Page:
Darby Kramp has been a standout third baseman and hitter for the Heritage High School girls softball team for the past three seasons, but the senior hopes to talk a little more this fall.
This item is available in full to subscribers.
If you're a print subscriber, but do not yet have an online account, click here to create one.
Click here to see your options for becoming a subscriber.
If you made a voluntary contribution in 2021-2022, but do not yet have an online account, click here to create one at no additional charge. VIP Digital Access includes access to all websites and online content.
“I would like to improve on the communications,” she said. “I feel I’ve just been really quiet on the field and a lot of time when players get the ball they don’t really know where they are going. Me being a corner I’m going to have to talk a lot more.”
Kramp was one of the leading hitters in the Continental League last season with a .571 batting average and four home runs. She has been a three-year starter prior to the start of her senior season and has a .486 career batting average.
“Darby is a great role model and someone to look up to as a person and player,” said Heritage coach Daron Schulthies. “I can’t wait to coach Darby this season and watch her play at the next level.”
Kramp had surgery to repair a torn meniscus at the end of October and spent months rehabbing the knee, which lasted during the start of summer club softball campaign. She played for the first time for the Ruthless Gold 16U team.
She finished the summer club season with a .343 batting average and a .667 slugging percentage for a team that compiled a 77-33-1 record.
It took a while for Kramp to be ready to play for the Ruthless Gold squad.
“For me it was really tough to come back because on my team everybody was fighting for their own position, so if you’re not performing or showing why you should be in that position then you have to try to show up at practice to protect your spot,” said Darby. `It was hard for me to do that since I was out of softball permanently for three or four months.
“I kinda started working back into things really slow, like taking ground balls with stationary movement or just sitting on a chair swinging a bat just to get something going. For the longest time, I wasn’t able to do a full swing because it was more of my body’s reaction of not letting me get my hips through on a swing. Then I started getting bad mechanics on my swing because I wasn’t able to do a full correct swing. So I had to go work a lot on the tees.”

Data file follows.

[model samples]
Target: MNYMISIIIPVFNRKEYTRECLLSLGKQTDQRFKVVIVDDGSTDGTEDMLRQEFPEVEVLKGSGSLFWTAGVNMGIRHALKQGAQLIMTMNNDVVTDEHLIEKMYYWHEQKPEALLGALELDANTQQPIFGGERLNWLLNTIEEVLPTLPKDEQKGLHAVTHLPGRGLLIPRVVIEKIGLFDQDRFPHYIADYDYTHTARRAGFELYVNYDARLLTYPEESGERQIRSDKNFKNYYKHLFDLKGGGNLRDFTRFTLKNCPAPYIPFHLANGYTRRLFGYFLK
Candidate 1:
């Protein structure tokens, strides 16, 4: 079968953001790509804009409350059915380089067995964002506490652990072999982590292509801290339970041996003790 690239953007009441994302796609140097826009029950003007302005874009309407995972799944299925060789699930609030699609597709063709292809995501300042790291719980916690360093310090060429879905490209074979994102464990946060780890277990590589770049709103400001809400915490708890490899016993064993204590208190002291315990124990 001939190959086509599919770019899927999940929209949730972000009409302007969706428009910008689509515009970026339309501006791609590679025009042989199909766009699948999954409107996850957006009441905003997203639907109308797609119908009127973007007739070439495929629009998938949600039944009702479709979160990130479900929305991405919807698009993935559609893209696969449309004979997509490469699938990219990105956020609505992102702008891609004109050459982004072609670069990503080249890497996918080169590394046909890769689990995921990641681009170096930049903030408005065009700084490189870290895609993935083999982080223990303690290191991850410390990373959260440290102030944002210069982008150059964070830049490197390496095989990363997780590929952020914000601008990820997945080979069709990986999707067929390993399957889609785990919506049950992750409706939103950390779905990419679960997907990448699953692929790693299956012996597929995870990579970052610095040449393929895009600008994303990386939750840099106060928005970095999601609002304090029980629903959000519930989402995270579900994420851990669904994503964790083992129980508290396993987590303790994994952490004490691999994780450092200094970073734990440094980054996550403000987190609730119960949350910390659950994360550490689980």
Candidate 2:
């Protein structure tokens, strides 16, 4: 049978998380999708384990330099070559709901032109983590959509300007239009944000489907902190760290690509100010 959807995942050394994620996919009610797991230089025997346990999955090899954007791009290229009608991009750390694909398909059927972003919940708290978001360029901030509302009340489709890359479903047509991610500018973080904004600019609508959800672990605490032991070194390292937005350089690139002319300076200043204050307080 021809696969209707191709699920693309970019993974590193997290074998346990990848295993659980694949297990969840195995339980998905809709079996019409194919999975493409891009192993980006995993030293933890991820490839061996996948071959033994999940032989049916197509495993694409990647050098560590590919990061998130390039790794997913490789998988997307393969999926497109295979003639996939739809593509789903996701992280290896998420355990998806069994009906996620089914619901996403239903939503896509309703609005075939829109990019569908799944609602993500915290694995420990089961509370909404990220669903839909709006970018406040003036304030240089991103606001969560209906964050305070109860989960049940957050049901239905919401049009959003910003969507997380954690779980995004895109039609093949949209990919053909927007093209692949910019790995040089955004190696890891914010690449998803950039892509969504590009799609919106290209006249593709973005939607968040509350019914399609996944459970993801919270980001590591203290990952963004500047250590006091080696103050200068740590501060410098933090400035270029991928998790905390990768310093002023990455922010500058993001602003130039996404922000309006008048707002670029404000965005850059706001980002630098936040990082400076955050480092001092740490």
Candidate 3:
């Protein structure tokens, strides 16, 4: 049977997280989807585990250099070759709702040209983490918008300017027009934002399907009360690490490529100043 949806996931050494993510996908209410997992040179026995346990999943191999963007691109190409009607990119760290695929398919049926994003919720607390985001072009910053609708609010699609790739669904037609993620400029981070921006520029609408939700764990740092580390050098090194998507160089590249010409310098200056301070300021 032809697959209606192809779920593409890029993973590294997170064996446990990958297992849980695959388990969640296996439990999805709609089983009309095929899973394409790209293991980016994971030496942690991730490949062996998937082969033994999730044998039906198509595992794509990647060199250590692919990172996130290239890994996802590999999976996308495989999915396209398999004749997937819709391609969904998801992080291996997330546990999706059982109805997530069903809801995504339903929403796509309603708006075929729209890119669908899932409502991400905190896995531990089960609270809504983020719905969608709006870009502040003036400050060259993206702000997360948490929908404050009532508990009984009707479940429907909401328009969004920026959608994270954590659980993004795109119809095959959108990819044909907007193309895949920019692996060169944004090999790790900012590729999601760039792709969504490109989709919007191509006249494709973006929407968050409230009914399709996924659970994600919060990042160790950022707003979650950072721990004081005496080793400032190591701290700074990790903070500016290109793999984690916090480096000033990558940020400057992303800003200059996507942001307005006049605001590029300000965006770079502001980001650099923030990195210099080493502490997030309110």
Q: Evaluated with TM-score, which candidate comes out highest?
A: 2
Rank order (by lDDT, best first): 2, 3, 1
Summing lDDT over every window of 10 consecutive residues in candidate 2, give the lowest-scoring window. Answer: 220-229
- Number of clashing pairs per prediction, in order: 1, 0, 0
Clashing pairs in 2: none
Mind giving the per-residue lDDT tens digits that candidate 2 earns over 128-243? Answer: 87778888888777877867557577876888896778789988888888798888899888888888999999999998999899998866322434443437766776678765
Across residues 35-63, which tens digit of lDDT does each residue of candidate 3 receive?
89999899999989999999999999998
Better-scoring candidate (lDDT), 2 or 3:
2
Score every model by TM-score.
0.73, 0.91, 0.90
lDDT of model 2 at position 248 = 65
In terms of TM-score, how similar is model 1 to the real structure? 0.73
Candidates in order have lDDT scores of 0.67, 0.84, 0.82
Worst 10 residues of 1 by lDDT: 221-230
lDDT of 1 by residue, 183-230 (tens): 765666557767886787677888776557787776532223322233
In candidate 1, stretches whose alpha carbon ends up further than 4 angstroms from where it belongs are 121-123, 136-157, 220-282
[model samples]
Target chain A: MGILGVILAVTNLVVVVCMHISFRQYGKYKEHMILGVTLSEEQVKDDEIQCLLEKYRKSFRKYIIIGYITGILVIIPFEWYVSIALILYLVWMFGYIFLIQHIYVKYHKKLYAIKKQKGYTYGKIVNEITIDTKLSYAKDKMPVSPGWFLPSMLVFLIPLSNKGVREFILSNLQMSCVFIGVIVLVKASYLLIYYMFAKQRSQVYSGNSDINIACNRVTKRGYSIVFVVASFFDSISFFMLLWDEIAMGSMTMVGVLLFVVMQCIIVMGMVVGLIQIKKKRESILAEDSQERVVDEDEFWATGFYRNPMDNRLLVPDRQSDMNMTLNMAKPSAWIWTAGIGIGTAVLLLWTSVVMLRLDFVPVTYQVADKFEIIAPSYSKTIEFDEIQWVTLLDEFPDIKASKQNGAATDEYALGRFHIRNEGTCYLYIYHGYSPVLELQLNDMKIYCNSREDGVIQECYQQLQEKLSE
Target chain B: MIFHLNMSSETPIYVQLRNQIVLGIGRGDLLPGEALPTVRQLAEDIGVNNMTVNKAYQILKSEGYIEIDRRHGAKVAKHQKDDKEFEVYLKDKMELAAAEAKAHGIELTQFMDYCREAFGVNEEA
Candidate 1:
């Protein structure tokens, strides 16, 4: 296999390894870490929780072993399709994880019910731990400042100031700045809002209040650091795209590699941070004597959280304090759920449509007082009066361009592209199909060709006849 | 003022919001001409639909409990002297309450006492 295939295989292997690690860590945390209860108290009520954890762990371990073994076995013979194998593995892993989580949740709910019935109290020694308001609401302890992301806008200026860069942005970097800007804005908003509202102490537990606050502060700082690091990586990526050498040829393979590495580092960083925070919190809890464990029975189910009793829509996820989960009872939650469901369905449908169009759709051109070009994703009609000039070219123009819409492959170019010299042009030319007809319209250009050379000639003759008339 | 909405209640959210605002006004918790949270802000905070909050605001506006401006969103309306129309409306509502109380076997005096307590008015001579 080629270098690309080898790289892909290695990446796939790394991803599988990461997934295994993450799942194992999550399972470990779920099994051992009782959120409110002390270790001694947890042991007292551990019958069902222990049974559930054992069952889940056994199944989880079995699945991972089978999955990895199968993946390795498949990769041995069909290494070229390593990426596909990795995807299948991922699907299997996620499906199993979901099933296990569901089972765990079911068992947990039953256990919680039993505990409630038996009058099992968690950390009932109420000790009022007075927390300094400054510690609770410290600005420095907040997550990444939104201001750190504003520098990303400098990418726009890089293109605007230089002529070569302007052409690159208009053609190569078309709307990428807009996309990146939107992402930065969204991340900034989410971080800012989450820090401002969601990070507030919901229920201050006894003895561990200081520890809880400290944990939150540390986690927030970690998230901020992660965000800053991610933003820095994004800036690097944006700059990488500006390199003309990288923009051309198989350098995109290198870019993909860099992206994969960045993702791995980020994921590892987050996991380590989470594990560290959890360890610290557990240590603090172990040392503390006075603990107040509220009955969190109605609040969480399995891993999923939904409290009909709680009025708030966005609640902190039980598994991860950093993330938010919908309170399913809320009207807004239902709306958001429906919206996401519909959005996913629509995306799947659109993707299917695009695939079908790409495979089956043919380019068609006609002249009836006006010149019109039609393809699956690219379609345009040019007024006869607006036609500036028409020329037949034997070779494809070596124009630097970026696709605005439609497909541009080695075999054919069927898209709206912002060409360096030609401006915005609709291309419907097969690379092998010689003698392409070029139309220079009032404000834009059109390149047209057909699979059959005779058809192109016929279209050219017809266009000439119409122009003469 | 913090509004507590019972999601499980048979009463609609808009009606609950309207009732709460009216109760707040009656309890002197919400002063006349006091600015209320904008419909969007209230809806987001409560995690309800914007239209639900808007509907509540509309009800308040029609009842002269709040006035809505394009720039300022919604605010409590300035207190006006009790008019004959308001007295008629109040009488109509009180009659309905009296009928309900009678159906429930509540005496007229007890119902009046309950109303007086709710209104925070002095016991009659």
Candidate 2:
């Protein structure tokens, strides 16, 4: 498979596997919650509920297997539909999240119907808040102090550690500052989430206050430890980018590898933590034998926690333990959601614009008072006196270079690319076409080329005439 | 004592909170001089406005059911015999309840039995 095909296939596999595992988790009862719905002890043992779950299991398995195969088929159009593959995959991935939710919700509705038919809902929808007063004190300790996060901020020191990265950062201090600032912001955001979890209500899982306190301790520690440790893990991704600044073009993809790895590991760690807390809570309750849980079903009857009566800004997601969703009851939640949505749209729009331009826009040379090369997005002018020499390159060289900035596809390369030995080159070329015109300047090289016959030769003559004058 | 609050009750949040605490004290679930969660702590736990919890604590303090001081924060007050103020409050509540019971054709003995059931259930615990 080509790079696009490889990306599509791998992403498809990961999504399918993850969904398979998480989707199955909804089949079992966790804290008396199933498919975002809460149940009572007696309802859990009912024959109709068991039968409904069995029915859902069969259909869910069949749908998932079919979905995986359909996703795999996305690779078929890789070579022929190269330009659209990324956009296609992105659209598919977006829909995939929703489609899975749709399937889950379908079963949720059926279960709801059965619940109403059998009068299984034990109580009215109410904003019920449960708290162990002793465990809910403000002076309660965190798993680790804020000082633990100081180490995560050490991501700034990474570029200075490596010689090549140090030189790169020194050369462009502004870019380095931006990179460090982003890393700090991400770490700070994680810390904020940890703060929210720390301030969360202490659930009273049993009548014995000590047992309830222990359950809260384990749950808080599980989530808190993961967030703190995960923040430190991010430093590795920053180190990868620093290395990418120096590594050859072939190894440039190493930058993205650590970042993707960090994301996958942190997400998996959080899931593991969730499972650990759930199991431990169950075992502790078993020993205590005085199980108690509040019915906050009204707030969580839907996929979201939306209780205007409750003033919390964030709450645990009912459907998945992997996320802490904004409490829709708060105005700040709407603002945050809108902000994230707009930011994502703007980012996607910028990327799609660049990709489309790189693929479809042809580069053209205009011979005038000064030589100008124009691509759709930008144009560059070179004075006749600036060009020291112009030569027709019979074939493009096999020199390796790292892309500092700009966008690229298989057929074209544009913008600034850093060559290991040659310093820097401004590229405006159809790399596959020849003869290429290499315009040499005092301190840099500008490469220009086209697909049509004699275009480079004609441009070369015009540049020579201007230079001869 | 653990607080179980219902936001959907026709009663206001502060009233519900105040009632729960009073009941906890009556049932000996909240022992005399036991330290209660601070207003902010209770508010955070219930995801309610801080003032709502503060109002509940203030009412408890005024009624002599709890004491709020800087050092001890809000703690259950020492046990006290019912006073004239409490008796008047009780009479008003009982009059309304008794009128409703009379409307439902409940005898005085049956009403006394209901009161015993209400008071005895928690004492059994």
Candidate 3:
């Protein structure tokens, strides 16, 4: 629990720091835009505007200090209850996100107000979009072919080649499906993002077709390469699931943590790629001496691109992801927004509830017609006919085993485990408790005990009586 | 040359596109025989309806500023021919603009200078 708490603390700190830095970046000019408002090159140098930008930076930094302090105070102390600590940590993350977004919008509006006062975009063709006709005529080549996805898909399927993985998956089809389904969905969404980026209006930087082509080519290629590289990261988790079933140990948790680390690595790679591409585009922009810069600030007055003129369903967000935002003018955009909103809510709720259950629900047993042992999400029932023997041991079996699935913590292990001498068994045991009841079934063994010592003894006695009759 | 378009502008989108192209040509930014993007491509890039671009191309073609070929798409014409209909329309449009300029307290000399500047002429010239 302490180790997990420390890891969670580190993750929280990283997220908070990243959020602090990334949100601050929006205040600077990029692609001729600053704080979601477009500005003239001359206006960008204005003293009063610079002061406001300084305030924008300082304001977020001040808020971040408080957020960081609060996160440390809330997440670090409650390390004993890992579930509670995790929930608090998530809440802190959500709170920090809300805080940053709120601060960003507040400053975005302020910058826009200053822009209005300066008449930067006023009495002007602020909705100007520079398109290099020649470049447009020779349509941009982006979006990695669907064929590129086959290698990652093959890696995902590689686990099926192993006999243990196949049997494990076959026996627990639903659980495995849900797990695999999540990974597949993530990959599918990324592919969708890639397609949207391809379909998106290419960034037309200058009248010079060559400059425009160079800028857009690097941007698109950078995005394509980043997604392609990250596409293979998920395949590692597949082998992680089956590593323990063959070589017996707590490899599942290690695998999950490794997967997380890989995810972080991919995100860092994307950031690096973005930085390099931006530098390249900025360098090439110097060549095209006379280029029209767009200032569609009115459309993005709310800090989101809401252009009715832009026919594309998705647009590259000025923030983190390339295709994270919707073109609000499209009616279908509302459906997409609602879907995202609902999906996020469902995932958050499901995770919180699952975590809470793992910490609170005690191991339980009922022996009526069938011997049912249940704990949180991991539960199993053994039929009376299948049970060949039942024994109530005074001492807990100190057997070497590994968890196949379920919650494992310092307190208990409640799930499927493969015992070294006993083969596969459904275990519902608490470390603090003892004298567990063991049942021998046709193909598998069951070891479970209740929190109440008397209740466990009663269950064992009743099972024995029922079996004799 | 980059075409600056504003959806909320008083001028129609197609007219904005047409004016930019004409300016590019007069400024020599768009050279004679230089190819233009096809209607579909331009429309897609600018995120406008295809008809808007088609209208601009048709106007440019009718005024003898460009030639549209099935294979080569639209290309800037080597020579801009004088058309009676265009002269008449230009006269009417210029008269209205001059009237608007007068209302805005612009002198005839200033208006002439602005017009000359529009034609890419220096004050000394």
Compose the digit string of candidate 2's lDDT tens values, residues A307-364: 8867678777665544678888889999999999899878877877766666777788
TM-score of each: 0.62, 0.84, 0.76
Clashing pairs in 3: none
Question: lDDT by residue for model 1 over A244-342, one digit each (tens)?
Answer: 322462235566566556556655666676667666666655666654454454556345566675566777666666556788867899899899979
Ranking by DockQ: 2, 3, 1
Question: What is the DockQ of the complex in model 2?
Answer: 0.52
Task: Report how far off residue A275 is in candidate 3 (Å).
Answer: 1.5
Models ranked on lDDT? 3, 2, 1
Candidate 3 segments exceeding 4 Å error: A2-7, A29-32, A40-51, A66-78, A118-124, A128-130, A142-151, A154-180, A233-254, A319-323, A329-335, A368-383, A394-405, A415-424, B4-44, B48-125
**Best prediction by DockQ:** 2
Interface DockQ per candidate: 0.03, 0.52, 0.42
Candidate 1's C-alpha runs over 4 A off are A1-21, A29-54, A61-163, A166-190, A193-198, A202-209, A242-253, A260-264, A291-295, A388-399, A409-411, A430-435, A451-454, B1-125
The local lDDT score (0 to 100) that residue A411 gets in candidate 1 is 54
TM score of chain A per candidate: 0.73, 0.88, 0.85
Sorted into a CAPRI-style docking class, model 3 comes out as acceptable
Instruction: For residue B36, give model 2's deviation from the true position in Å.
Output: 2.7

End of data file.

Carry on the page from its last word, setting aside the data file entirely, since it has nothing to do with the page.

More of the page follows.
Kramp will be ready when Heritage opens its season Aug. 12 at Columbine.
“I feel confident now,” she said. “It’s (the knee) pretty close to being fully healed.”
Kramp’s summer team fared much better than Heritage. Over the past three seasons, the Eagles have gone 21-40.
“At Heritage it’s my senior year and it’s one of those things that if a win comes, it comes and we’re going to have fun winning the game,” Kramp said. “It’s more important to have fun in high school. I love all the girls I play with and I’m happy I get to continue to play with them for this last year.”
Kramp also has time to do a little coaching.
“When Darby isn’t playing or working on her game, she coaches with me,” said Schulthies. “My daughter and Aubrey Kramp (Darby’s sister) play on the same 10U team.”
Darby enjoys the teaching part of the sport.
“I really like helping the younger girls and I think it’s fun for them too,” she said. “I just try to make it a fun practice, more laid-back, more of a learning experience. During the games, if they make a play or don’t make a play when they come out I say, ‘OK when you got that ground ball, do you think you should have thrown it right away or do another thing?’ I want them to understand the game a little more.”
Other items that may interest you
We have noticed you are using an ad blocking plugin in your browser.
The revenue we receive from our advertisers helps make this site possible. We request you whitelist our site.